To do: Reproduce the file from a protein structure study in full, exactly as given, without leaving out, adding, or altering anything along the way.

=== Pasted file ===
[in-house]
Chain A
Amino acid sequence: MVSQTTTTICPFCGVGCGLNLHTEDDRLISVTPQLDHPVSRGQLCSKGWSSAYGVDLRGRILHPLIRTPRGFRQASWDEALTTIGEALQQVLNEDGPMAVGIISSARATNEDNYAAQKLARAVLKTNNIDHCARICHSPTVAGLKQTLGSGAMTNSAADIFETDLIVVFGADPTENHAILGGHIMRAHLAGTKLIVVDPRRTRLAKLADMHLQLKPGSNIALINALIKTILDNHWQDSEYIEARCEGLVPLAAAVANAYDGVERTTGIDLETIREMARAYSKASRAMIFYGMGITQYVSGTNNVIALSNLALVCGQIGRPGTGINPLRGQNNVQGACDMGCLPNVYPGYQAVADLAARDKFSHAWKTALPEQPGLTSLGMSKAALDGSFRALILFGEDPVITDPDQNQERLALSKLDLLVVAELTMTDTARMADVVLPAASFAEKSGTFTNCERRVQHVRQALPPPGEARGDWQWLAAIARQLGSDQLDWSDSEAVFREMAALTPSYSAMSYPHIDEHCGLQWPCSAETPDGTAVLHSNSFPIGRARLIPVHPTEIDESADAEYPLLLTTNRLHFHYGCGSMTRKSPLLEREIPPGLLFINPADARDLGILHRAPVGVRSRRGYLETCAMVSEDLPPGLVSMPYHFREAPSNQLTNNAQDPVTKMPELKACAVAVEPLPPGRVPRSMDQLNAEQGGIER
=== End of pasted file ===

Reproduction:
[in-house]
Chain A
Amino acid sequence: MVSQTTTTICPFCGVGCGLNLHTEDDRLISVTPQLDHPVSRGQLCSKGWSSAYGVDLRGRILHPLIRTPRGFRQASWDEALTTIGEALQQVLNEDGPMAVGIISSARATNEDNYAAQKLARAVLKTNNIDHCARICHSPTVAGLKQTLGSGAMTNSAADIFETDLIVVFGADPTENHAILGGHIMRAHLAGTKLIVVDPRRTRLAKLADMHLQLKPGSNIALINALIKTILDNHWQDSEYIEARCEGLVPLAAAVANAYDGVERTTGIDLETIREMARAYSKASRAMIFYGMGITQYVSGTNNVIALSNLALVCGQIGRPGTGINPLRGQNNVQGACDMGCLPNVYPGYQAVADLAARDKFSHAWKTALPEQPGLTSLGMSKAALDGSFRALILFGEDPVITDPDQNQERLALSKLDLLVVAELTMTDTARMADVVLPAASFAEKSGTFTNCERRVQHVRQALPPPGEARGDWQWLAAIARQLGSDQLDWSDSEAVFREMAALTPSYSAMSYPHIDEHCGLQWPCSAETPDGTAVLHSNSFPIGRARLIPVHPTEIDESADAEYPLLLTTNRLHFHYGCGSMTRKSPLLEREIPPGLLFINPADARDLGILHRAPVGVRSRRGYLETCAMVSEDLPPGLVSMPYHFREAPSNQLTNNAQDPVTKMPELKACAVAVEPLPPGRVPRSMDQLNAEQGGIER